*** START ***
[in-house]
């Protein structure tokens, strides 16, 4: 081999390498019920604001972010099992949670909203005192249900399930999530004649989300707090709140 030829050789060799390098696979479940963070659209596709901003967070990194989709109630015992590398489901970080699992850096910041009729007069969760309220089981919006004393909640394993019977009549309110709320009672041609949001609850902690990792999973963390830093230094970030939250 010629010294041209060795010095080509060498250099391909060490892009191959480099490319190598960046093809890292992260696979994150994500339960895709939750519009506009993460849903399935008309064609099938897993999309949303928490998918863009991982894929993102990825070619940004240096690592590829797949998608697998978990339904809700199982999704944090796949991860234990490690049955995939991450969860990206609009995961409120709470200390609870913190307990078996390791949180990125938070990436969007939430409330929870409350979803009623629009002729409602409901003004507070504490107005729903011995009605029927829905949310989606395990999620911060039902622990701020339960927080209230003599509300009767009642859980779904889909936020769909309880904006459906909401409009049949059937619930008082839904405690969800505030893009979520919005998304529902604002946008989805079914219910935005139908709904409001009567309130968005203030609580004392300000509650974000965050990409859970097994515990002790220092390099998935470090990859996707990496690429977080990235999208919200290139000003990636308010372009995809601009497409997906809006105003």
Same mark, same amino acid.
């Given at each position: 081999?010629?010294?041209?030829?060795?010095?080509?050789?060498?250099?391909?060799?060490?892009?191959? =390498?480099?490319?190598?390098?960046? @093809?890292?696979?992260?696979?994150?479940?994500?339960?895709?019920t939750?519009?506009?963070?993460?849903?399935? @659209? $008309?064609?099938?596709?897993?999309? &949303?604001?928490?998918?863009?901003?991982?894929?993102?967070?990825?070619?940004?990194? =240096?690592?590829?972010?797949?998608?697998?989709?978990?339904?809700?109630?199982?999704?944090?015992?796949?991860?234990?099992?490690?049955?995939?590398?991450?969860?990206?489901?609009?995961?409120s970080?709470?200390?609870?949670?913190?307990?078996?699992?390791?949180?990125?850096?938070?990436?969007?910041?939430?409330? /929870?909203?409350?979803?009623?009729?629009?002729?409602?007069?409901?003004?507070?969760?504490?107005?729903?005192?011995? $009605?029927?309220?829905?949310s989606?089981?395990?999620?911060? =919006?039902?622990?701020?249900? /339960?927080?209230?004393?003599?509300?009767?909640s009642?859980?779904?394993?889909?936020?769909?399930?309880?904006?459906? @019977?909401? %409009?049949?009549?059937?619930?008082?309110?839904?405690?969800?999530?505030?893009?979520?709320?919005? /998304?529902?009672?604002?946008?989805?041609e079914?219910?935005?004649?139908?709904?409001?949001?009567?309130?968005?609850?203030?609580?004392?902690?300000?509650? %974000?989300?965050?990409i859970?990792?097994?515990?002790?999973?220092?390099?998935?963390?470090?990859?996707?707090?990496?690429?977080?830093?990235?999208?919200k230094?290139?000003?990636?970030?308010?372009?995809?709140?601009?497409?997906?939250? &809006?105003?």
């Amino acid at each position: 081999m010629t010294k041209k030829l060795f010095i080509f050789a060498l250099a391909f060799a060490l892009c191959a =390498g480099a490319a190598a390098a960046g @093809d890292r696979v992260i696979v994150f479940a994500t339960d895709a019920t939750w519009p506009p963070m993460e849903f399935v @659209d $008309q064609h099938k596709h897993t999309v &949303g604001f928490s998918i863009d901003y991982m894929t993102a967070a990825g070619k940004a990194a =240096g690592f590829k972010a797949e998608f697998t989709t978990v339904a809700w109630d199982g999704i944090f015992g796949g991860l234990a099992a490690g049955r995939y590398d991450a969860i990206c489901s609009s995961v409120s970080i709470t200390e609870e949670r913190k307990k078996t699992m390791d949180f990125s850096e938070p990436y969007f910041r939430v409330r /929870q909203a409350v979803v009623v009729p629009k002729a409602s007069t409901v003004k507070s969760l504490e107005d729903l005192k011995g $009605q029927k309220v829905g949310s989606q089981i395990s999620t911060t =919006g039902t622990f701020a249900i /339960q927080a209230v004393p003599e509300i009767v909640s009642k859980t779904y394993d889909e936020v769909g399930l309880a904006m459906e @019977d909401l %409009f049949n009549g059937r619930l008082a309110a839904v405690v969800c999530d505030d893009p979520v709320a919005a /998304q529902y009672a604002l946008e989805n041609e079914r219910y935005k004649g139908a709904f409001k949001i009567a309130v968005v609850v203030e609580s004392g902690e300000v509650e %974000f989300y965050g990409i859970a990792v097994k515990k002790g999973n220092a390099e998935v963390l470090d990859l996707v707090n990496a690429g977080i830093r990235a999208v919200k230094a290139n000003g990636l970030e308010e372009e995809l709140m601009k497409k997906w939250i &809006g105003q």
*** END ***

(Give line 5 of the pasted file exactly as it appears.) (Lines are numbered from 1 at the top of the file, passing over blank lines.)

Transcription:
């Amino acid at each position: 081999m010629t010294k041209k030829l060795f010095i080509f050789a060498l250099a391909f060799a060490l892009c191959a =390498g480099a490319a190598a390098a960046g @093809d890292r696979v992260i696979v994150f479940a994500t339960d895709a019920t939750w519009p506009p963070m993460e849903f399935v @659209d $008309q064609h099938k596709h897993t999309v &949303g604001f928490s998918i863009d901003y991982m894929t993102a967070a990825g070619k940004a990194a =240096g690592f590829k972010a797949e998608f697998t989709t978990v339904a809700w109630d199982g999704i944090f015992g796949g991860l234990a099992a490690g049955r995939y590398d991450a969860i990206c489901s609009s995961v409120s970080i709470t200390e609870e949670r913190k307990k078996t699992m390791d949180f990125s850096e938070p990436y969007f910041r939430v409330r /929870q909203a409350v979803v009623v009729p629009k002729a409602s007069t409901v003004k507070s969760l504490e107005d729903l005192k011995g $009605q029927k309220v829905g949310s989606q089981i395990s999620t911060t =919006g039902t622990f701020a249900i /339960q927080a209230v004393p003599e509300i009767v909640s009642k859980t779904y394993d889909e936020v769909g399930l309880a904006m459906e @019977d909401l %409009f049949n009549g059937r619930l008082a309110a839904v405690v969800c999530d505030d893009p979520v709320a919005a /998304q529902y009672a604002l946008e989805n041609e079914r219910y935005k004649g139908a709904f409001k949001i009567a309130v968005v609850v203030e609580s004392g902690e300000v509650e %974000f989300y965050g990409i859970a990792v097994k515990k002790g999973n220092a390099e998935v963390l470090d990859l996707v707090n990496a690429g977080i830093r990235a999208v919200k230094a290139n000003g990636l970030e308010e372009e995809l709140m601009k497409k997906w939250i &809006g105003q």